For a regular diver making an average dive on a single (12 litre) cylinder will usually be able to make an hour time underwater. This will decrease substantially when diving deeper or in a current, where you quickly will become restricted by your gas supply.
A way to accommodate for this build-up of air consumption is to increase your cylinder size. This by using a 15 litre cylinder or choosing to dive with doubles. However, finding this option on your dive travel or holiday is not always easy.
When we dive with sidemount configuration we usually dive with two cylinders. Not only will this double up your gas supply, but “normal” size cylinders are used everywhere, making it great way to make longer dives on your holiday.
However, diving longer and deeper dives on air is not always a healthy option. If you are making several dives during the day or spend great time at depth on a wreck dive, your nitrogen load might become an issue.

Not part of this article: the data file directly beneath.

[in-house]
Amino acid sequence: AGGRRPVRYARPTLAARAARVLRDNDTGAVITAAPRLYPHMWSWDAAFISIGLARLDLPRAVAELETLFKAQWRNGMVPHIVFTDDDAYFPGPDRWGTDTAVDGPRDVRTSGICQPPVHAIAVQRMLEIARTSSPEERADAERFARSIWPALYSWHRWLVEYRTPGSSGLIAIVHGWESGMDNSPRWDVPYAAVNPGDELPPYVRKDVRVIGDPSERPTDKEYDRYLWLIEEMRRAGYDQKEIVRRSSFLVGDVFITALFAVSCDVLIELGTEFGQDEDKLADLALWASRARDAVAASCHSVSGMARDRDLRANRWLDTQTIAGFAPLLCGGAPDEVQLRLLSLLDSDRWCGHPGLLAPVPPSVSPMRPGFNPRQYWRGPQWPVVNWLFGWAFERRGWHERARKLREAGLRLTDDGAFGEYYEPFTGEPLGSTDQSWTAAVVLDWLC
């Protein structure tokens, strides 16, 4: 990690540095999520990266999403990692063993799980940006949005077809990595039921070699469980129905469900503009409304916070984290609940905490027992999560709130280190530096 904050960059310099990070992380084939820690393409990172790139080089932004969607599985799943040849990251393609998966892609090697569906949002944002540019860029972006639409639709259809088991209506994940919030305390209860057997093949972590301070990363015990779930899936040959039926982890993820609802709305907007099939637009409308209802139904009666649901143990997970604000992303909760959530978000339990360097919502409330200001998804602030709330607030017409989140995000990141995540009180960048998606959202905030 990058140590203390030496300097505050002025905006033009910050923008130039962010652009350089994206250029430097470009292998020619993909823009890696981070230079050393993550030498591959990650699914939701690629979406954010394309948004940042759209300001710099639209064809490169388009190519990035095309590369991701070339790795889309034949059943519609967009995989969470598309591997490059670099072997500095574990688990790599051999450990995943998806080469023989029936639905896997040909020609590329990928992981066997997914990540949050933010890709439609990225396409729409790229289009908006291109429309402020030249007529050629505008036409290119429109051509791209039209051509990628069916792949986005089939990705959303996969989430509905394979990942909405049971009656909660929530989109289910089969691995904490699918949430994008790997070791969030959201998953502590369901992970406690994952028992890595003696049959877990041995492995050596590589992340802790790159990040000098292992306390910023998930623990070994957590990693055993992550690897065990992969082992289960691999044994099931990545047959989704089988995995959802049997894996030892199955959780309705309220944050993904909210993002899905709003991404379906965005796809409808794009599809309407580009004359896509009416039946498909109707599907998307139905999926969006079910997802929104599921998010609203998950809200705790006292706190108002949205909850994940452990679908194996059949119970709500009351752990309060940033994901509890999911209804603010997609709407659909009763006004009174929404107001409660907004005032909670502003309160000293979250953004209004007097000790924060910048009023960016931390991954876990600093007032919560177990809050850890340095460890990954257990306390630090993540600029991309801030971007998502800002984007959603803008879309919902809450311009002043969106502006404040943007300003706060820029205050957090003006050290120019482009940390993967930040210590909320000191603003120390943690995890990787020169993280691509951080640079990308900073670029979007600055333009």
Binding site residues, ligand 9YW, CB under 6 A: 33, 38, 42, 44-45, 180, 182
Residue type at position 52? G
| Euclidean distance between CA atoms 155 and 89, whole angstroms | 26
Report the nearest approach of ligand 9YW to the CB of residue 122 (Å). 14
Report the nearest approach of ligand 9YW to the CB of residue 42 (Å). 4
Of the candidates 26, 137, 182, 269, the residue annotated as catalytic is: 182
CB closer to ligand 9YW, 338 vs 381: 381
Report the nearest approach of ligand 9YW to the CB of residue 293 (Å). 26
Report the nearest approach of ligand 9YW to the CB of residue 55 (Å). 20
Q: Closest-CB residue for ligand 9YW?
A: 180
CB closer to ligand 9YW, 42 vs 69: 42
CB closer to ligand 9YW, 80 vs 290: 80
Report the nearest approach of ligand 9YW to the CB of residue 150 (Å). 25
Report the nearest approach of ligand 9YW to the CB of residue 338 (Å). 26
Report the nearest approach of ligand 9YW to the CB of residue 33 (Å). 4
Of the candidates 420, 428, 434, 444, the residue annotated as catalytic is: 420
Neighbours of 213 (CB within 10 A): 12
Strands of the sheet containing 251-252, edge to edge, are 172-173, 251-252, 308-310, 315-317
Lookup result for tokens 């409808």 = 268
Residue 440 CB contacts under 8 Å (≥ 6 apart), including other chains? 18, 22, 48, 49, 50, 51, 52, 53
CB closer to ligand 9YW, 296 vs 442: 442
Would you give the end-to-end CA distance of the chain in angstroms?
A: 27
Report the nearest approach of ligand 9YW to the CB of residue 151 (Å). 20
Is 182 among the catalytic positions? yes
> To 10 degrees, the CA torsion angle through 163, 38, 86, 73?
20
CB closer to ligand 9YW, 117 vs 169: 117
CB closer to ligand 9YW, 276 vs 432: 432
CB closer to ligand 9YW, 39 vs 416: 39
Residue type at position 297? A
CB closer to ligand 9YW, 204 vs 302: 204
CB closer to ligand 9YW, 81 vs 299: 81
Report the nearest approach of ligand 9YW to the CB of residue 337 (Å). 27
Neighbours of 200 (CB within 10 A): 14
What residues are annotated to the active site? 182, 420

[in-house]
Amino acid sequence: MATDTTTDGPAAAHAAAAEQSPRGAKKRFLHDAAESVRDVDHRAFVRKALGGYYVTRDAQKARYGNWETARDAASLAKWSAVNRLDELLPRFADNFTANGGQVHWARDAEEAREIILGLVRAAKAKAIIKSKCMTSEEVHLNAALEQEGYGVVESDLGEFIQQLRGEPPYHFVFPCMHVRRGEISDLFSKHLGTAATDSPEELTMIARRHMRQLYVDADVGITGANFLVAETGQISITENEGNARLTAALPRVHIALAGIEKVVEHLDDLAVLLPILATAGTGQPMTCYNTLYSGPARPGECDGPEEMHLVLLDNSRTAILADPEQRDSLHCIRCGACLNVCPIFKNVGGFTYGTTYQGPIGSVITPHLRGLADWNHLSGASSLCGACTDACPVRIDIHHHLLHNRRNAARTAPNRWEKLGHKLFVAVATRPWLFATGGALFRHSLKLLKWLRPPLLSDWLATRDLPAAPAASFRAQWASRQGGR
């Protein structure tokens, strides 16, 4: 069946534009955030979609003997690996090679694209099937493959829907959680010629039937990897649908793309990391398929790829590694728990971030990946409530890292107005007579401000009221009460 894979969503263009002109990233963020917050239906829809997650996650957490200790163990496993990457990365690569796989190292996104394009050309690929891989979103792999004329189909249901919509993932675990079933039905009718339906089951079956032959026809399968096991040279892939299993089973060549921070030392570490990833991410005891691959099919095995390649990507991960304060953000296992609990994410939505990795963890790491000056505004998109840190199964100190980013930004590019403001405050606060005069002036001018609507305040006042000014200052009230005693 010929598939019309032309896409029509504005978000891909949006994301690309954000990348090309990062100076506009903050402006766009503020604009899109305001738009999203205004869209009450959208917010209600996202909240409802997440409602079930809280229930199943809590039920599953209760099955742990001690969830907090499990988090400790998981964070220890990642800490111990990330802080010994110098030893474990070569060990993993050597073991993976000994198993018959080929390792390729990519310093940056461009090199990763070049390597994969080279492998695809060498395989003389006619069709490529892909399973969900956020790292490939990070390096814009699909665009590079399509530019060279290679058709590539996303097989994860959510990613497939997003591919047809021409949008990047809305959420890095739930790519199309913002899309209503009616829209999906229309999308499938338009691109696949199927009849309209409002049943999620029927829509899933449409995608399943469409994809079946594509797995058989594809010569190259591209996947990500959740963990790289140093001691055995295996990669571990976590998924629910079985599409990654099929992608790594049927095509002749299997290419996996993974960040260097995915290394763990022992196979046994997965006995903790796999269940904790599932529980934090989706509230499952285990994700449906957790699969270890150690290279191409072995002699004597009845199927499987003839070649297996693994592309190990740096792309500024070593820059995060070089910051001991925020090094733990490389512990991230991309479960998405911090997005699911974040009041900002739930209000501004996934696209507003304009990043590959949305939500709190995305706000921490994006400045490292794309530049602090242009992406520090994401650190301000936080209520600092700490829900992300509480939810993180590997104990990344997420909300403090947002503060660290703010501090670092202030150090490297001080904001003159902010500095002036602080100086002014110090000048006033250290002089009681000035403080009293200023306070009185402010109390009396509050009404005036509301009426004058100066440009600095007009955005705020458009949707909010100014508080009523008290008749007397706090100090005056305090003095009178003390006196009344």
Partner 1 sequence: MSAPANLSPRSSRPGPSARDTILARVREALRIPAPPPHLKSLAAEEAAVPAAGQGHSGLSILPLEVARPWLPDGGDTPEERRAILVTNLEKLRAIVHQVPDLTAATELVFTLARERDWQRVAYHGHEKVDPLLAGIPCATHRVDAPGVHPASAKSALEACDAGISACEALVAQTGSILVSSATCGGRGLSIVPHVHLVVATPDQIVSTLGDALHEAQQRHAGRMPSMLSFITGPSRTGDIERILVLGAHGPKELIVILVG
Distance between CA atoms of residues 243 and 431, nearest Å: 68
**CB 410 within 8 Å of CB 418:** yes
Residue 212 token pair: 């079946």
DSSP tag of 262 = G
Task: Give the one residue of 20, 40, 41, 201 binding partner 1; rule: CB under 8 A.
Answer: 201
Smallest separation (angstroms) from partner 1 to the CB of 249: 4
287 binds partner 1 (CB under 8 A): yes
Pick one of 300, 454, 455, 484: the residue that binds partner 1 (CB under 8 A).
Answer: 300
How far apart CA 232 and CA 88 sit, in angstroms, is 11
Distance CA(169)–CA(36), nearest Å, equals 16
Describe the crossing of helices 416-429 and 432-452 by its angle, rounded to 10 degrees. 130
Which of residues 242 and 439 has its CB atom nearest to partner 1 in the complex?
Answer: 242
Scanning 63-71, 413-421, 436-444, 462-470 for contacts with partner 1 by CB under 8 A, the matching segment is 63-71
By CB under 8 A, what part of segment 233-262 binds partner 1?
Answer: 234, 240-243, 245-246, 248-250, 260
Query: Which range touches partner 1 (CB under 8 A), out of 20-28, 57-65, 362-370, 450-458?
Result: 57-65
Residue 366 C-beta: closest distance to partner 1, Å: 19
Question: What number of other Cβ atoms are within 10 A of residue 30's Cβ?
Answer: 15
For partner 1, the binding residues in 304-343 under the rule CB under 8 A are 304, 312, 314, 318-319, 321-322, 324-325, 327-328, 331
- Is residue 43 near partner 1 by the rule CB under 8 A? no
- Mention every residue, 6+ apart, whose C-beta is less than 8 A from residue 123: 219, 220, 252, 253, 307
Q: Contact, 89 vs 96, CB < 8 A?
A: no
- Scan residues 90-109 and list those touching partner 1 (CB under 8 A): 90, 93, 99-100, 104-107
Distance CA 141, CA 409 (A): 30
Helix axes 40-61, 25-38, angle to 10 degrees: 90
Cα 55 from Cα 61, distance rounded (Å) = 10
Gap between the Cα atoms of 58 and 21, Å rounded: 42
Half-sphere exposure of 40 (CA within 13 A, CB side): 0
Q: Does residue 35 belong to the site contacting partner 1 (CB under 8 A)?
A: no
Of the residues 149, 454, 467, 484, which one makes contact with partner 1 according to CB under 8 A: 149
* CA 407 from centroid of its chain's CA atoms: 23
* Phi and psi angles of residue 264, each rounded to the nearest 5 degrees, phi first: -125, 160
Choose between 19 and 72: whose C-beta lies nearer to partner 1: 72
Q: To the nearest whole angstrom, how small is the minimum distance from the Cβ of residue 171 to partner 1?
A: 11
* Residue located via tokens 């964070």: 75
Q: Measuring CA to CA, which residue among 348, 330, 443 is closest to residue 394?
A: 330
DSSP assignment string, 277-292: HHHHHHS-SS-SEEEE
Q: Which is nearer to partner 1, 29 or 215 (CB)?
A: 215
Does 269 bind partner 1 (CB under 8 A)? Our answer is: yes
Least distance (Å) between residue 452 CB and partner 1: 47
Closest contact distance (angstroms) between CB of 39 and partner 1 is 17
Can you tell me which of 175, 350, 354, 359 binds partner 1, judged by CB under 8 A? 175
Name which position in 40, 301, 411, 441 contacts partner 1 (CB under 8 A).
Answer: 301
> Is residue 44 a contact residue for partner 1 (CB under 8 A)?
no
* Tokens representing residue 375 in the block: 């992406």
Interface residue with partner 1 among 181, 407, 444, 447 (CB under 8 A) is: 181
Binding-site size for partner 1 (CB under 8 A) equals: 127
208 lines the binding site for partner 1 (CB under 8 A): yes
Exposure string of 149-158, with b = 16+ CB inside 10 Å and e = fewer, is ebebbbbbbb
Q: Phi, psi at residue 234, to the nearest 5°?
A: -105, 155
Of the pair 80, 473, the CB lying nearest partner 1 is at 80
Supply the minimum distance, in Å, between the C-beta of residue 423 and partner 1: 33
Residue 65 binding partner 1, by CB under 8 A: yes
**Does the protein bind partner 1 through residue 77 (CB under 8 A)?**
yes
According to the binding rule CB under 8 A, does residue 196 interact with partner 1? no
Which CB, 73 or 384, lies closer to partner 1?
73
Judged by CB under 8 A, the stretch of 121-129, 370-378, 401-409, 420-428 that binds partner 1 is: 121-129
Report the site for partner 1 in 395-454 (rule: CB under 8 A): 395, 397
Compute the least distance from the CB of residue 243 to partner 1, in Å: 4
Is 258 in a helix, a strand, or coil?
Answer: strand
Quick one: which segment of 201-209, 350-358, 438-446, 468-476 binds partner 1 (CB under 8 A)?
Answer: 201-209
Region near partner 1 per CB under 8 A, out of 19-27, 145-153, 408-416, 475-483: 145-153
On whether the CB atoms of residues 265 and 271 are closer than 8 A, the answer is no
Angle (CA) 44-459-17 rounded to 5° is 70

By switching gas in your cylinders to Nitrox or Enriched air we can almost double up the bottom time, due to the lesser nitrogen. Combine this with two cylinder sidemount, you have the perfect recipe for longer, deeper dives on your favourite spot.
I took my first breaths underwater when I was 8, in Cyprus, hanging on to the instructor’s BCD and breathing from his alternate air source. The ocean had always fascinated me and now I got to experience it for myself and I loved it.
When I came to Kon-Tiki and Koh Lanta the first time, I was 15, and then I was finally going to do my Open Water course. Four days later, I had become a certified diver and guess if I was excited! Next year I did my Advanced course with Kon-Tiki Phuket and a couple of years later I was graduating high school, with a plan to go back to Koh Lanta and do my Divemaster course. After several holidays on the island I had gotten to know Kon-Tiki and decided that if I was going to do this course, it was going to be done here.
In the fall of 2012 I walked back through the doors of Kon-Tiki Lanta and was introduced to my new instructor, Joachim, who took great care of me throughout my course. During the process I got to know the dive centre and how things work “behind the scenes”. Joachim was (and still is!) an amazingly inspiring mentor and it didn’t take long before I realized I wanted to become an instructor.